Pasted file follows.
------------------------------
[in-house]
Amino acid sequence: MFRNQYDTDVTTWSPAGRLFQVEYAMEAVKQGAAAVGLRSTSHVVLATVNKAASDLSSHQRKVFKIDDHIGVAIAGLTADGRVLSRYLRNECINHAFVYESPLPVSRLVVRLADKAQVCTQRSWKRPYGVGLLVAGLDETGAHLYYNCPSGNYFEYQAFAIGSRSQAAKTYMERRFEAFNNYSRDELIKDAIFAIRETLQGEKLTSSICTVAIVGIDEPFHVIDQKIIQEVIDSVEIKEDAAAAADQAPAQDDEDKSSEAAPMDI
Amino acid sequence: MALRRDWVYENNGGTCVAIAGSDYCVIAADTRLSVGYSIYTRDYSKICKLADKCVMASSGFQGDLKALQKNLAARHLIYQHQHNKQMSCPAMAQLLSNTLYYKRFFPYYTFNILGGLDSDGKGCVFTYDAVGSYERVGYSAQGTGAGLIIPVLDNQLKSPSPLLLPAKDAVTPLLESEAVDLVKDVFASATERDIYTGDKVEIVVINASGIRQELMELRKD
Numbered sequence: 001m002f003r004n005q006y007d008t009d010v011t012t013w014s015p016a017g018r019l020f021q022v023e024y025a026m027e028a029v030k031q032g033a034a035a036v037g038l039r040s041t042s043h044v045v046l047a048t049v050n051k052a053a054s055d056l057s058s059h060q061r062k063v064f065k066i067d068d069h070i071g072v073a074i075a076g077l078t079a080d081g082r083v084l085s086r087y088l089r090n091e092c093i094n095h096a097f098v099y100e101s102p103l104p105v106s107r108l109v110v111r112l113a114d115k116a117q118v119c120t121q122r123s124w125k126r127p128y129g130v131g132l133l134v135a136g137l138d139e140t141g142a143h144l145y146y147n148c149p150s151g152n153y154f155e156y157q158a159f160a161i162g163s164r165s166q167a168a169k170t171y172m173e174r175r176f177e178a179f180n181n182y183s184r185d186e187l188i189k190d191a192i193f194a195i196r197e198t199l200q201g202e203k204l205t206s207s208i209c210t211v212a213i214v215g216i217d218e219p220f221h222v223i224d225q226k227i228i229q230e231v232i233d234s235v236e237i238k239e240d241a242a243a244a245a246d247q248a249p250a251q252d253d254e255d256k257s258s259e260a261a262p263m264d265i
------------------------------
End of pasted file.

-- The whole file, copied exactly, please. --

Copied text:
[in-house]
Amino acid sequence: MFRNQYDTDVTTWSPAGRLFQVEYAMEAVKQGAAAVGLRSTSHVVLATVNKAASDLSSHQRKVFKIDDHIGVAIAGLTADGRVLSRYLRNECINHAFVYESPLPVSRLVVRLADKAQVCTQRSWKRPYGVGLLVAGLDETGAHLYYNCPSGNYFEYQAFAIGSRSQAAKTYMERRFEAFNNYSRDELIKDAIFAIRETLQGEKLTSSICTVAIVGIDEPFHVIDQKIIQEVIDSVEIKEDAAAAADQAPAQDDEDKSSEAAPMDI
Amino acid sequence: MALRRDWVYENNGGTCVAIAGSDYCVIAADTRLSVGYSIYTRDYSKICKLADKCVMASSGFQGDLKALQKNLAARHLIYQHQHNKQMSCPAMAQLLSNTLYYKRFFPYYTFNILGGLDSDGKGCVFTYDAVGSYERVGYSAQGTGAGLIIPVLDNQLKSPSPLLLPAKDAVTPLLESEAVDLVKDVFASATERDIYTGDKVEIVVINASGIRQELMELRKD
Numbered sequence: 001m002f003r004n005q006y007d008t009d010v011t012t013w014s015p016a017g018r019l020f021q022v023e024y025a026m027e028a029v030k031q032g033a034a035a036v037g038l039r040s041t042s043h044v045v046l047a048t049v050n051k052a053a054s055d056l057s058s059h060q061r062k063v064f065k066i067d068d069h070i071g072v073a074i075a076g077l078t079a080d081g082r083v084l085s086r087y088l089r090n091e092c093i094n095h096a097f098v099y100e101s102p103l104p105v106s107r108l109v110v111r112l113a114d115k116a117q118v119c120t121q122r123s124w125k126r127p128y129g130v131g132l133l134v135a136g137l138d139e140t141g142a143h144l145y146y147n148c149p150s151g152n153y154f155e156y157q158a159f160a161i162g163s164r165s166q167a168a169k170t171y172m173e174r175r176f177e178a179f180n181n182y183s184r185d186e187l188i189k190d191a192i193f194a195i196r197e198t199l200q201g202e203k204l205t206s207s208i209c210t211v212a213i214v215g216i217d218e219p220f221h222v223i224d225q226k227i228i229q230e231v232i233d234s235v236e237i238k239e240d241a242a243a244a245a246d247q248a249p250a251q252d253d254e255d256k257s258s259e260a261a262p263m264d265i